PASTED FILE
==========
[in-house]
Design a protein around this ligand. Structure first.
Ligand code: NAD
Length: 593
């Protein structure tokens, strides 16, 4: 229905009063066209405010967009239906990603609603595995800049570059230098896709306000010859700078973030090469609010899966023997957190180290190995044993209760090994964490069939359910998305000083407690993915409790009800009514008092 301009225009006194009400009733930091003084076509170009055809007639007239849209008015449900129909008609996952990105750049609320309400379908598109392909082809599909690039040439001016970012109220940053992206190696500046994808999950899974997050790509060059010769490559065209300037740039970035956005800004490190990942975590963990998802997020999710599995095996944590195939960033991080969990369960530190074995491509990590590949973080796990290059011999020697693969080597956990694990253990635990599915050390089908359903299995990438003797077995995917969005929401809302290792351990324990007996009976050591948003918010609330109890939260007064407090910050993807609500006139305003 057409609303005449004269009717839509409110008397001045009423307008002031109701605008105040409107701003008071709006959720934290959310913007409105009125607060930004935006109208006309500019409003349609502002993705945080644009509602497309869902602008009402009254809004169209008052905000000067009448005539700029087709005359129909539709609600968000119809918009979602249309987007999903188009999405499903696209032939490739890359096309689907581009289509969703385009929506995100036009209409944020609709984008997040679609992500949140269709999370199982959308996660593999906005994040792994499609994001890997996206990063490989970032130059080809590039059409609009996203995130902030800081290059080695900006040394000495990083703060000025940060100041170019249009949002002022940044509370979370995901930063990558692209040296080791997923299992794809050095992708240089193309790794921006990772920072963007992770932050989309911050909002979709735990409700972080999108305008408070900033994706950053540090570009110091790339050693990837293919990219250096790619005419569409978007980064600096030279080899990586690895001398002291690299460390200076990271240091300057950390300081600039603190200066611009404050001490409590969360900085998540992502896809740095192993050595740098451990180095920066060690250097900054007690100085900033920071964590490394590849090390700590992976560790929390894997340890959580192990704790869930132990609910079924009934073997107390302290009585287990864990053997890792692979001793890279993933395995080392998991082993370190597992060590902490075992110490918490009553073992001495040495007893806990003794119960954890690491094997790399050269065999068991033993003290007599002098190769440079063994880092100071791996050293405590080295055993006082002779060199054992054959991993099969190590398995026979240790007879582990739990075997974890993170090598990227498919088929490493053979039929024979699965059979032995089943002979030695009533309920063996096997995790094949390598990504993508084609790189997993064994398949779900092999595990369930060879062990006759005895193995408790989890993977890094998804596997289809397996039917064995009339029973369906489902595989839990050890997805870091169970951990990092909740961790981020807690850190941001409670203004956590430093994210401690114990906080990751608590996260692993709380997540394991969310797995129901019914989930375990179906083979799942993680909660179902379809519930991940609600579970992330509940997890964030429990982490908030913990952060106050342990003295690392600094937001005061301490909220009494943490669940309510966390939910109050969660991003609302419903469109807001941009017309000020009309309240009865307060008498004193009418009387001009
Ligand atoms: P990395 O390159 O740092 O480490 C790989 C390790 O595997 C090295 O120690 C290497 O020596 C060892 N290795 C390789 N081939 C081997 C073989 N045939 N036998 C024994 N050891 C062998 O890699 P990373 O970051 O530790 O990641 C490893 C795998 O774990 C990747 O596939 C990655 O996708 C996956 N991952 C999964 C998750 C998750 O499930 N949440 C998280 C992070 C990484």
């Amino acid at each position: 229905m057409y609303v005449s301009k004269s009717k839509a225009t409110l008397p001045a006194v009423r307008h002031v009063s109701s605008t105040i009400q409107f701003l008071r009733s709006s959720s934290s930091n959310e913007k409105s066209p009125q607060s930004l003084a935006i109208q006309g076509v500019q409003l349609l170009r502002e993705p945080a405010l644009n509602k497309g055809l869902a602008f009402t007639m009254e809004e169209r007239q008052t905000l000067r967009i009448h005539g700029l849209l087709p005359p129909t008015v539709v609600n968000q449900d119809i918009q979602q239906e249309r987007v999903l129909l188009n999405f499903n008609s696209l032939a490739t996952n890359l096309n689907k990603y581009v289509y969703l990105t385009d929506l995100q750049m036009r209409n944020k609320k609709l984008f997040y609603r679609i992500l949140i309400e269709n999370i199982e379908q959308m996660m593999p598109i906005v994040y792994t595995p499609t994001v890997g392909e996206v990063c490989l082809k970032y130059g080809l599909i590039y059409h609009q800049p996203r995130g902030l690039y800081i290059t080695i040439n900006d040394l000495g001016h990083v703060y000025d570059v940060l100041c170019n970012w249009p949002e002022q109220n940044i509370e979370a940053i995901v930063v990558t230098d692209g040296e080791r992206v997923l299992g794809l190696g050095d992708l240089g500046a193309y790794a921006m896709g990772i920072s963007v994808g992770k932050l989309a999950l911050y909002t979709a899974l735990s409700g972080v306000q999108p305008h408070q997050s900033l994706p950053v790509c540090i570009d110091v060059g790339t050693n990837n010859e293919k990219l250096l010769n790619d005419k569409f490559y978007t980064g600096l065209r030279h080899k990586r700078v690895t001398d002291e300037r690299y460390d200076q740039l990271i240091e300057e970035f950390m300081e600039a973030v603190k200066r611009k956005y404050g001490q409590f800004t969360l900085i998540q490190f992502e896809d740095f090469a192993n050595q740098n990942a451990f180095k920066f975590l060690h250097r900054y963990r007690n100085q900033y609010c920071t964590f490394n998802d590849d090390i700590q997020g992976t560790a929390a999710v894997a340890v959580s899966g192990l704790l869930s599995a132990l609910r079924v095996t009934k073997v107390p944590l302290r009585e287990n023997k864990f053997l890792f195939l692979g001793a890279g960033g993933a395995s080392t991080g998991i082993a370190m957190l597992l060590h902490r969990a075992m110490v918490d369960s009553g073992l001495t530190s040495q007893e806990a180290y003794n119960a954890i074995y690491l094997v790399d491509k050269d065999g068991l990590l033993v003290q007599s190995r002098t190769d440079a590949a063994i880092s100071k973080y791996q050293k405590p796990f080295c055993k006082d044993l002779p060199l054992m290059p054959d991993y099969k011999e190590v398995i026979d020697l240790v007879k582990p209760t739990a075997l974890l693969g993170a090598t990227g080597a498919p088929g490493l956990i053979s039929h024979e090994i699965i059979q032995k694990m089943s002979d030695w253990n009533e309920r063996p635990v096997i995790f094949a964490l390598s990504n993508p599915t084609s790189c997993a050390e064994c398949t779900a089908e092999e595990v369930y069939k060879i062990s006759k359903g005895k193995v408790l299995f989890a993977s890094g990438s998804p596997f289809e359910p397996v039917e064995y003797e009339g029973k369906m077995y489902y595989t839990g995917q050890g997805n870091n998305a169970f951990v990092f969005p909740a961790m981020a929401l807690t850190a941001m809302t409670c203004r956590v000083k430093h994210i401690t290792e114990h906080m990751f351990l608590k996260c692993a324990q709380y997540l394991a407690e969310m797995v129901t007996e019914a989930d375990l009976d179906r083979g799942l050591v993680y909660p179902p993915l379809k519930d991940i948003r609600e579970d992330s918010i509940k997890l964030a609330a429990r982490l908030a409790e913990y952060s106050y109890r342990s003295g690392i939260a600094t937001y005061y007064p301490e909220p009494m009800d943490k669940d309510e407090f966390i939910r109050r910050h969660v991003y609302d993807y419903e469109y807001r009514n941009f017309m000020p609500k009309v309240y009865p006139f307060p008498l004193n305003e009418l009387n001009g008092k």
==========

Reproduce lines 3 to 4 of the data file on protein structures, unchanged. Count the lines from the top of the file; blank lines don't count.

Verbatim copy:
Ligand code: NAD
Length: 593